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8-Lourdes-SPREAD

A healing place: why the world comes to Lourdes

ALAN GILLESPIE considers a range of moments, ministry and tatty memorabilia pilgrims face when they seek strength — By ALAN GILLESPIE

It’s still early, on a muggy morning in Lourdes, and the Basilica of St Pius X—the Underground Basilica—is filling up quickly. Over the next hour, worshippers will gather for the International Mass, held twice a week, in seven different languages. Standing inside this massive structure feels vaguely like being within an upturned boat, or maybe a giant ribcage. Huge concrete bones protect the altar which is placed strategically, and unusually, in the centre of the congregation.

The enormity of this concealed space is overwhelming. It is like an underground Hydro, a repurposed Noah’s Ark, and can apparently accommodate 25,000 souls. The stark, grey concrete walls should be oppressive but they’re not; there’s too much colour in the room, and most of it comes from the people.

There are battalions of volunteers wearing orange scarves, schoolgirls in blue hoodies, pensioners draped in lilac shawls. Other groups are identified by their distinctive hats in a myriad of colours. They are reminiscent of birds’ feathers; different flocks coming together.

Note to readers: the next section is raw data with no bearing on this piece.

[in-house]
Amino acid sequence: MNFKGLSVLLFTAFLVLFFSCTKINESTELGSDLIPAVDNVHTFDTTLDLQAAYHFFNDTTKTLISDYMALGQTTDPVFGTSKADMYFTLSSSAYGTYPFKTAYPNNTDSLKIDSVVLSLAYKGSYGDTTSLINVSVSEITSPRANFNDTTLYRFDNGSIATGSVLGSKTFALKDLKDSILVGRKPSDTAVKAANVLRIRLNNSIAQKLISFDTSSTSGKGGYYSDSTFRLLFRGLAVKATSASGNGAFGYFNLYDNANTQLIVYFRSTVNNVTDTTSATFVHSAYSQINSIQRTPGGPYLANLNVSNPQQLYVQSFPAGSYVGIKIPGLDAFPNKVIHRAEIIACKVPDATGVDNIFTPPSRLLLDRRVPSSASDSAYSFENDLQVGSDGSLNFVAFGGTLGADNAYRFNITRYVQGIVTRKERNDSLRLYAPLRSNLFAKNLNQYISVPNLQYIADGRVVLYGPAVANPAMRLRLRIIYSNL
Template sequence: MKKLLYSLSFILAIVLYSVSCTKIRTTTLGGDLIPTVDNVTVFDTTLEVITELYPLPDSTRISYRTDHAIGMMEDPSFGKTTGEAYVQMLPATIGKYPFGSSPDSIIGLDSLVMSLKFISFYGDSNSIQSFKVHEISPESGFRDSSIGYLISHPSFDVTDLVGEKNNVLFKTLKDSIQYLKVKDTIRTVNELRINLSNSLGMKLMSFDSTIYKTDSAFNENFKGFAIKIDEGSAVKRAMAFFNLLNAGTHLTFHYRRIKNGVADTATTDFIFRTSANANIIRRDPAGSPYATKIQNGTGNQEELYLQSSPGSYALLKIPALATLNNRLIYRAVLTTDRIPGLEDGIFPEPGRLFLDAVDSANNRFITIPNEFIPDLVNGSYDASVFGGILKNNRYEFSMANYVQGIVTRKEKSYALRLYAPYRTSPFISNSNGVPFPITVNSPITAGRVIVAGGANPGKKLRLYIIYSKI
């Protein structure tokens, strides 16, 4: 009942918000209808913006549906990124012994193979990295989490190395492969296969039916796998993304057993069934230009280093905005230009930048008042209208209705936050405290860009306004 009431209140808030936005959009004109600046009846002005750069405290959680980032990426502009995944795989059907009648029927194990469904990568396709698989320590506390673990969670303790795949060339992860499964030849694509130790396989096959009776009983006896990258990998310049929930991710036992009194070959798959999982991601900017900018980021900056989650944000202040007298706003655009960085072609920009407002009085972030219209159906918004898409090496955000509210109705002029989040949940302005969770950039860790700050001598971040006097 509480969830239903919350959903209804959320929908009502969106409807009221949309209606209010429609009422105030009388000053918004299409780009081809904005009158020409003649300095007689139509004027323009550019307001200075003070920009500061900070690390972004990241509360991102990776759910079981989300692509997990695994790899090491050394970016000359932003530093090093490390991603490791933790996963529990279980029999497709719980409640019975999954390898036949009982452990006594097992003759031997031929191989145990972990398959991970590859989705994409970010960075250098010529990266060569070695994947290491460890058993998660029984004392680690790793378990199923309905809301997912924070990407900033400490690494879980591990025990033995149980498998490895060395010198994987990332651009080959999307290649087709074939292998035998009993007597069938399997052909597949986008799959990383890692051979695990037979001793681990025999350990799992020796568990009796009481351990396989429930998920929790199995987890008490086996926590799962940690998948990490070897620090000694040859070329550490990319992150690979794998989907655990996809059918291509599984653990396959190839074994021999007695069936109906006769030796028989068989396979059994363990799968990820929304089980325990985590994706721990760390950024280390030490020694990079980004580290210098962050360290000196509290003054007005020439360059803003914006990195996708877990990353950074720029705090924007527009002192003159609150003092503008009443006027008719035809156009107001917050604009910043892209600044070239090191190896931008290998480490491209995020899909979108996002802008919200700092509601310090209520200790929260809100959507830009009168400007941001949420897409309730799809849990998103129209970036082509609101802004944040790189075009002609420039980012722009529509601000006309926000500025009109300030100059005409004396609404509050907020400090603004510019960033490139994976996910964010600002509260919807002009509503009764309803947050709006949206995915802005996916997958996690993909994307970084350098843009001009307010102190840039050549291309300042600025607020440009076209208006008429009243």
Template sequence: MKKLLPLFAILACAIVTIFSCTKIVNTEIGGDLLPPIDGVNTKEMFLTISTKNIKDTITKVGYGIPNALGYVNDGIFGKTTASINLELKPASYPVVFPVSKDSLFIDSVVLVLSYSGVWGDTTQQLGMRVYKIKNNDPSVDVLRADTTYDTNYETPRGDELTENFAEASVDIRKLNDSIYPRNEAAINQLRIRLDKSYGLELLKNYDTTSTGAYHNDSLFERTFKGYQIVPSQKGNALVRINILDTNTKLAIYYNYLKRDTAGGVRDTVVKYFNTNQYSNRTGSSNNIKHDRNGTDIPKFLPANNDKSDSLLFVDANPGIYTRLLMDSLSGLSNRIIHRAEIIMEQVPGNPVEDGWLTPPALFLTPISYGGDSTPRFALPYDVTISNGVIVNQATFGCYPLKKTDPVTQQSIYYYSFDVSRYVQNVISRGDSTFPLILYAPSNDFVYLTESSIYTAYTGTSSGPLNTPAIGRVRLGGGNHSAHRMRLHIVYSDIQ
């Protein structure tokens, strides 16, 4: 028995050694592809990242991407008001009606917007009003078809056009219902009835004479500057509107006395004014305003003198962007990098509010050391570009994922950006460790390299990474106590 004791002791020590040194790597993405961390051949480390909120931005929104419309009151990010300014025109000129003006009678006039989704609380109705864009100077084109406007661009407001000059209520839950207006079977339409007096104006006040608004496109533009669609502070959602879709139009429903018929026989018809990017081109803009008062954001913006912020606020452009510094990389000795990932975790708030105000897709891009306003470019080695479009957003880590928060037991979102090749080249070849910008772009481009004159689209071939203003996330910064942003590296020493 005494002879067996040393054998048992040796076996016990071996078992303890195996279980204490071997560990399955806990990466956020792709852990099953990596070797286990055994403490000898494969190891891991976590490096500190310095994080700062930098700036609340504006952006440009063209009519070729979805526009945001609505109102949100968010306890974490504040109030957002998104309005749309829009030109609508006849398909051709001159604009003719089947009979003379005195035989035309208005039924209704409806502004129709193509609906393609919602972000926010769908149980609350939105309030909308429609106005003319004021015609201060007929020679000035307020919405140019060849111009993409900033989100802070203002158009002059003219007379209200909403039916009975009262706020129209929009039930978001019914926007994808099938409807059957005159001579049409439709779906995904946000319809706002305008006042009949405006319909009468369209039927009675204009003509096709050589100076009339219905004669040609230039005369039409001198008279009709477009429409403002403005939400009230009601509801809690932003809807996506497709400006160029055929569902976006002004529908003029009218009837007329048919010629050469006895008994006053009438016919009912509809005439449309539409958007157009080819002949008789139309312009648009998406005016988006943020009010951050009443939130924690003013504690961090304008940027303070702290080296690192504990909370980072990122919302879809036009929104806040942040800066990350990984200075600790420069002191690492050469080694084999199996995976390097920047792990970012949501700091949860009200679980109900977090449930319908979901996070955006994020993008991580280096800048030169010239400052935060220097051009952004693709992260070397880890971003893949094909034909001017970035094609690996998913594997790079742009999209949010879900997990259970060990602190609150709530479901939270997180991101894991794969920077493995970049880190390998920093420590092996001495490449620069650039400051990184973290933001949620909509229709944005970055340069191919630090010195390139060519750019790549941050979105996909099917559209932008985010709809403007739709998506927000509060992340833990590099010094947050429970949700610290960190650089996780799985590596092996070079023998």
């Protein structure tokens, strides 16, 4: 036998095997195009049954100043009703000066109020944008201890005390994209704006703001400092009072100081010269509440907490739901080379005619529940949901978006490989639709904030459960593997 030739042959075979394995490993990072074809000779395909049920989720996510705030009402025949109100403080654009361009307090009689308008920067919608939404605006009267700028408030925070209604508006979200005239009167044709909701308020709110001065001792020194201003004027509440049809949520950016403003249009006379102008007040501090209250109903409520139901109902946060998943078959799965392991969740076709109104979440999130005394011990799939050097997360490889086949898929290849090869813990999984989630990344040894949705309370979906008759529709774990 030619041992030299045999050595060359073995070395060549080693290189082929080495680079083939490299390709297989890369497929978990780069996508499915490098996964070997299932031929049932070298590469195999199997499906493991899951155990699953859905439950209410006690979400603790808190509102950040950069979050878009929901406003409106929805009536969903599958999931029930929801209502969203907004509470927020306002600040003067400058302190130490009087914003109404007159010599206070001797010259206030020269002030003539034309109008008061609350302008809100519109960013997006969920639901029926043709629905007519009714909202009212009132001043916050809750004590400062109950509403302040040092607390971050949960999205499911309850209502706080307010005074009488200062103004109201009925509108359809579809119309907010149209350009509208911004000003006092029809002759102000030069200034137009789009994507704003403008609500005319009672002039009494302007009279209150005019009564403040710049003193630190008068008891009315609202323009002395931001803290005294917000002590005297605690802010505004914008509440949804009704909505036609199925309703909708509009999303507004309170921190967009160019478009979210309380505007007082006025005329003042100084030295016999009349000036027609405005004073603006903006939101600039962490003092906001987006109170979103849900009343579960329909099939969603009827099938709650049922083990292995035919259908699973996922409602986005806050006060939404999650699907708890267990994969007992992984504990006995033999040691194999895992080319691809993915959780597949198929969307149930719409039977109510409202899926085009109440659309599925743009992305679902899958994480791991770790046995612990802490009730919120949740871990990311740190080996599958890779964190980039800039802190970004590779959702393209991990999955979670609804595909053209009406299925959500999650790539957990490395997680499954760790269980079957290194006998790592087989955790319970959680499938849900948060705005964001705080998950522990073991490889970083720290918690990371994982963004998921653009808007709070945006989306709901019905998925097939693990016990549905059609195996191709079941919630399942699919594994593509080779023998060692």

Laura Murphy, a headteacher on a school pilgrimage, is making her third visit to Lourdes. “As a Catholic in Scotland, you often feel like you’re part of a minority religion,” she says. “But when you’re here, surrounded by all these people, you realise you’re actually part of something massive, something international. The whole world comes to Lourdes.”

Snuggled at the foot of the Pyrenees, in the south of France, Lourdes has become a magnet for the Catholic Faith since the Virgin Mary appeared to Bernadette Soubirous 18 times between 1858 and 1859. Mary instructed Bernadette to drink and bathe in the water flowing from a small spring in a cave, and it is in imitation of this holy cleansing that people journey to Lourdes.

The Catholic Church has officially recognised 70 miracles deriving from the healing qualities of this spring water, with the most recent in February 2018, however many thousands of undocumented miracles are also claimed.

The cave where Mary’s apparition appeared has become the Grotto, a shrine where Mass is hosted all day long.

There is vibrancy and joy in the Basilica for the International Mass, but also desperate suffering.